Director Sheryl Rose Andes on ‘Maria,’ the 1st full-length documentary to compete in Cinemalaya

Lé Baltar

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Director Sheryl Rose Andes on ‘Maria,’ the 1st full-length documentary to compete in Cinemalaya

BONES. Still from ‘Maria.’

Courtesy of Sheryl Rose Andes

In 'Maria,' Andes and her team journey with three women, all named Maria, who bear the brunt of former president Rodrigo Duterte’s bloody drug war campaign and culture of impunity

Before embracing filmmaking, Sheryl Rose Andes had spent a decade working on human rights issues. In 2017, in fact, she was part of the team that worked on a story about the previous administration’s so-called war on drugs for the television documentary show I-Witness.

Little did the director know that this experience, although short-lived, would lead her to meeting Bryan Brazil, who would become the producer of Maria, the first full-length documentary film in the history of the Cinemalaya Philippine Independent Film Festival. 

Maria was his (Brazil) original concept, but he gave it to me because he said, ‘It is better for a female director to tell this story,'” Andes told Rappler. “I embraced it fully. It has been three years since I took [it] on and developed it, [with] six months in post-production….”

Ang nasa mindset ko that time kasi [ay] may material [na kami] since 2016…. Ang dami naming material sa mga patay, [sa mga] pinagbabaril sa kalsada, sa bahay na parang kung iki-keep lang natin siya sa hard drive, parang as a filmmaker, meron tayong responsibility na kailangang gawin,” said Brazil when asked about the decision to produce the documentary in a Zoom interview hosted by the Society of Filipino Film Reviewers (SFFR).

(My mindset at the time was that we already had this material since 2016. We had so much footage of the dead, of people getting shot in the streets and their homes. As filmmakers, it’s like we had a responsibility to use this instead of just keeping it in a hard drive.)

“It might sound so cliché, pero kailangan eh. Kung hindi mo siya bubuksan, tutulong ka pa sa pagbaon ng kuwento ng mga taong ito,” added Brazil.

(It might sound so cliché, but it was necessary to do it. If we didn’t use that footage, we would be complicit in burying these people’s stories.)

In Maria, Andes and her team journey with three women, all named Maria, who bear the brunt of former president Rodrigo Duterte’s bloody drug war campaign and culture of impunity. Along with nine other finalists, the film is set to screen at the independent festival from August 4 to 13.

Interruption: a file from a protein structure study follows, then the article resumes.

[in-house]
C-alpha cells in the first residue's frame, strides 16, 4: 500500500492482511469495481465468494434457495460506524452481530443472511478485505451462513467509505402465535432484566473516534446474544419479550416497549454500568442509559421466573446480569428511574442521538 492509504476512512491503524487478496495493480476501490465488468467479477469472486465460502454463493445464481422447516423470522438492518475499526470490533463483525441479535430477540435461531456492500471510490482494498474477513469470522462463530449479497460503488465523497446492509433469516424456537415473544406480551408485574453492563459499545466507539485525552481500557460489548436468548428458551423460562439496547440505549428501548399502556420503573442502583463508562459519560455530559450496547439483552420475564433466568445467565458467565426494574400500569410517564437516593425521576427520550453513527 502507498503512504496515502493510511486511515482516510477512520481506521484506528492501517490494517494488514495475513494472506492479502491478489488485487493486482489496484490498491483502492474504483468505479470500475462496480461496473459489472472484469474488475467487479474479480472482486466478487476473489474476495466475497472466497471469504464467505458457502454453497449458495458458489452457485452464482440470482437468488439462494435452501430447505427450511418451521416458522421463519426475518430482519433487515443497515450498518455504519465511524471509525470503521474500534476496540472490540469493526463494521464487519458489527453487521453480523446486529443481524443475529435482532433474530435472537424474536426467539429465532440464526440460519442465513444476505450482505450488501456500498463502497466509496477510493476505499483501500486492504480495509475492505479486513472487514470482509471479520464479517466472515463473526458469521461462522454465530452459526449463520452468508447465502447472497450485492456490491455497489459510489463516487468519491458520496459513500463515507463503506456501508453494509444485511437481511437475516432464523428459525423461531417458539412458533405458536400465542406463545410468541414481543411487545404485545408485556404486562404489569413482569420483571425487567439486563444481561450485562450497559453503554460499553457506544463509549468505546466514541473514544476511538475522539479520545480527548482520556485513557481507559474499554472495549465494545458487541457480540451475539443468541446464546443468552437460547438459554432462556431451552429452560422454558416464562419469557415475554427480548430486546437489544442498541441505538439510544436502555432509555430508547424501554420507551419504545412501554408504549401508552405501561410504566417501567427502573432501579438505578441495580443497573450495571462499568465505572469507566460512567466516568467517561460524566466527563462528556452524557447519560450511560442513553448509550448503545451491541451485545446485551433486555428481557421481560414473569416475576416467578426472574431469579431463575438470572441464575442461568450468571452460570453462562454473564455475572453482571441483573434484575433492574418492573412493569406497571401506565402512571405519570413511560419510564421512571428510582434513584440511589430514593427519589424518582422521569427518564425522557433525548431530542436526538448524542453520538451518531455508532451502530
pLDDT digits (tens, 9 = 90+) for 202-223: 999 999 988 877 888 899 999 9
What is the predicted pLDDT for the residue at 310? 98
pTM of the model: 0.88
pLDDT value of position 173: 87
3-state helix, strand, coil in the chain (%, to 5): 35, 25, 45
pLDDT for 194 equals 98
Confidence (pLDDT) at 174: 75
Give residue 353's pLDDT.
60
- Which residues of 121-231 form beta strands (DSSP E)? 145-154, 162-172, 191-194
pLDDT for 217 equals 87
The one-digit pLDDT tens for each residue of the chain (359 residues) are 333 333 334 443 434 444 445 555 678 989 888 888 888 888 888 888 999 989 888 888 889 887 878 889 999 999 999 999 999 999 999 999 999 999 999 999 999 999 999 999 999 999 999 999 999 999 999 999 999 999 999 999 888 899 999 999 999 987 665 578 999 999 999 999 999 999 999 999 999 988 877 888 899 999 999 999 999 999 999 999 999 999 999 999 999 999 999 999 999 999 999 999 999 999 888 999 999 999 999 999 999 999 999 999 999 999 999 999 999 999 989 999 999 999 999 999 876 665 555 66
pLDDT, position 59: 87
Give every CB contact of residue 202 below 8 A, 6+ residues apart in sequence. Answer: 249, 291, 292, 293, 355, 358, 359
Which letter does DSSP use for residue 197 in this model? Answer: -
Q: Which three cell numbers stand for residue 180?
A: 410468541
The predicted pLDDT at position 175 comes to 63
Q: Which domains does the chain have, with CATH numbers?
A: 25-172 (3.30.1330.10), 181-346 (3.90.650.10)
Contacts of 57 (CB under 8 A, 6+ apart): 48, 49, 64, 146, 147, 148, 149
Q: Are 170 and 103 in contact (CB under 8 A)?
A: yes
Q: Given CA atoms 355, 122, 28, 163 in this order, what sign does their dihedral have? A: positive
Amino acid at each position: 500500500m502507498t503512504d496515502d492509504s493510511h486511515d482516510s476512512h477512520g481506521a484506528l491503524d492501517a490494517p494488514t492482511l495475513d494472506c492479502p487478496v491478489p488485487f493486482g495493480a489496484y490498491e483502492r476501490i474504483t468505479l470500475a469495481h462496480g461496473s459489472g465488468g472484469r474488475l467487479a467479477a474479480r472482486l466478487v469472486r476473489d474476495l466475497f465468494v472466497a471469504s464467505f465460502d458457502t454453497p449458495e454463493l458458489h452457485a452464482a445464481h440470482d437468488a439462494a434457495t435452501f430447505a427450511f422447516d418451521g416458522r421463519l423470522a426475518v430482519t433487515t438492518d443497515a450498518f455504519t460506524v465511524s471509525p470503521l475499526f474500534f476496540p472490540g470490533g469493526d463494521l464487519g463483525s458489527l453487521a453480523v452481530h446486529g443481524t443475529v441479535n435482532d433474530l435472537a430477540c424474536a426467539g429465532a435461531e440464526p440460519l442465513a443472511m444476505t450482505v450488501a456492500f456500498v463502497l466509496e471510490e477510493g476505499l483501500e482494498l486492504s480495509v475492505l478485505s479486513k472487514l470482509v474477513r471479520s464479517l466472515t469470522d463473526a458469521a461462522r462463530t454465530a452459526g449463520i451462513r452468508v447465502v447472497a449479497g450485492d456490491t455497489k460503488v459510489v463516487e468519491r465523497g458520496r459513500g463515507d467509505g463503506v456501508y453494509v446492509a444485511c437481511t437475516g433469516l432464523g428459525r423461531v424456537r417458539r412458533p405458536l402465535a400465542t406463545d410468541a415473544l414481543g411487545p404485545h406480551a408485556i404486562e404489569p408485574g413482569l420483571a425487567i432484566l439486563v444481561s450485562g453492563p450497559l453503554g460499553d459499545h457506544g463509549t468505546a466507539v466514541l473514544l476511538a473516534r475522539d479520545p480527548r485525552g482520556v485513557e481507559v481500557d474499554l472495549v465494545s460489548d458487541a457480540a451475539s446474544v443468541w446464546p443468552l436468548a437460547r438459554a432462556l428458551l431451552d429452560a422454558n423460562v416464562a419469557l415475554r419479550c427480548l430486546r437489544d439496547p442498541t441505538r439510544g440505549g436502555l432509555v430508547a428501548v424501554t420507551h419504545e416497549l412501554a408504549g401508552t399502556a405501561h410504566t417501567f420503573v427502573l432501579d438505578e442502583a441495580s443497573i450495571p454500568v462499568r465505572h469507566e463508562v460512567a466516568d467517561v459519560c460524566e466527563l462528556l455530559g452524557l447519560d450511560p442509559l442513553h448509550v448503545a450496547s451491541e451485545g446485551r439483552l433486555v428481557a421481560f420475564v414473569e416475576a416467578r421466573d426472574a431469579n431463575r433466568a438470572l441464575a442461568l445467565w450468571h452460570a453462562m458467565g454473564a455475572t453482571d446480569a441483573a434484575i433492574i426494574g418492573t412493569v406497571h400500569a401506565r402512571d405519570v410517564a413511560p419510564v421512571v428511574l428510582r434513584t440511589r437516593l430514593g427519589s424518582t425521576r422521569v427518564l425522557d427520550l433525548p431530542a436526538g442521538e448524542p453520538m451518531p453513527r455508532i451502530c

Na-witness namin talaga, lagi sila in their vulnerable state as a mother and wife na tipong mga dati silang housewife pero they were pushed talaga to really strive for their family or else wala talagang patutunguhan ‘yung pamilya [nila],” said Andes in the SFFR interview. “I think nag-worsen actually ‘yung multiple burden sa kababaihan, sa mga nanay.”

(We witnessed how they were always in this vulnerable state as mothers and wives. Before, they were just housewives, but they were pushed to really strive for their family’s well-being or else nothing would become of them. I think the burden on them as women, as mothers, worsened.)

The film is also Andes’ comeback to Cinemalaya’s main competition category, following her 2019 entry and first feature film Pandanggo sa Hukay, an adaptation of Andrian Legaspi’s Palanca-winning script of the same title.

Here, Andes talks about the journey to creating Maria, her fascination with documentary films, and telling marginalized stories as a woman.

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URNS. Still from ‘Maria.’ Courtesy of Sheryl Rose Andes
‘Maria’ is the first documentary film to compete against narrative feature-length films in Cinemalaya history. How did you feel when you got the news? 

I feel honored but, at the same time, pressured for Maria to be chosen as the first documentary in the feature-length category in Cinemalaya. Our batch was the first one to undergo the Cinemalaya film lab in 2021, and I was already filming at that time. There was a time during the film lab [when] I would miss our session because I had to shoot, and they would understand because there’s no “take 2” in documentary compared to fiction.

For documentary filmmakers here in our country, we usually submit or apply for grants abroad since opportunities here are becoming [fewer], even though our docu community is flourishing. I think we just need to break boundaries or be a changemaker for our relevant stories to be heard. I am actually enjoying my Cinemalaya journey because there is some kind of “spotlight” for documentaries now, which are always marginalized. I hope I can influence more people to pursue documentary filmmaking. We need it more now. I know that it is not a walk-in-the-park kind of experience, but I tell you, it will feed your soul to be a better person and storyteller.

The film tells the story of three women named Maria pursuing justice following Duterte’s so-called war on drugs. Why choose this subject?

I believe that documentaries have the power to retell history. I am a post-Martial Law baby. I relied on my privileged middle-class status with UP education, plus great history teachers from elementary to high school, as well as watching documentaries to fully grasp what Martial Law is and was. And here we are right now. They are back in power. Martial Law happened 30 years ago, the so-called drug war was just seven years ago. I don’t want people to remember just the statistics on the reports. These are the stories beyond the statistics.

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SEA OF RED. Still from ‘Maria.’ Courtesy of Sheryl Rose Andes.
You directed ‘Pandanggo sa Hukay,’ which was also an official Cinemalaya entry in 2019. What made you decide to submit to the festival again and present this particular story through the documentary form?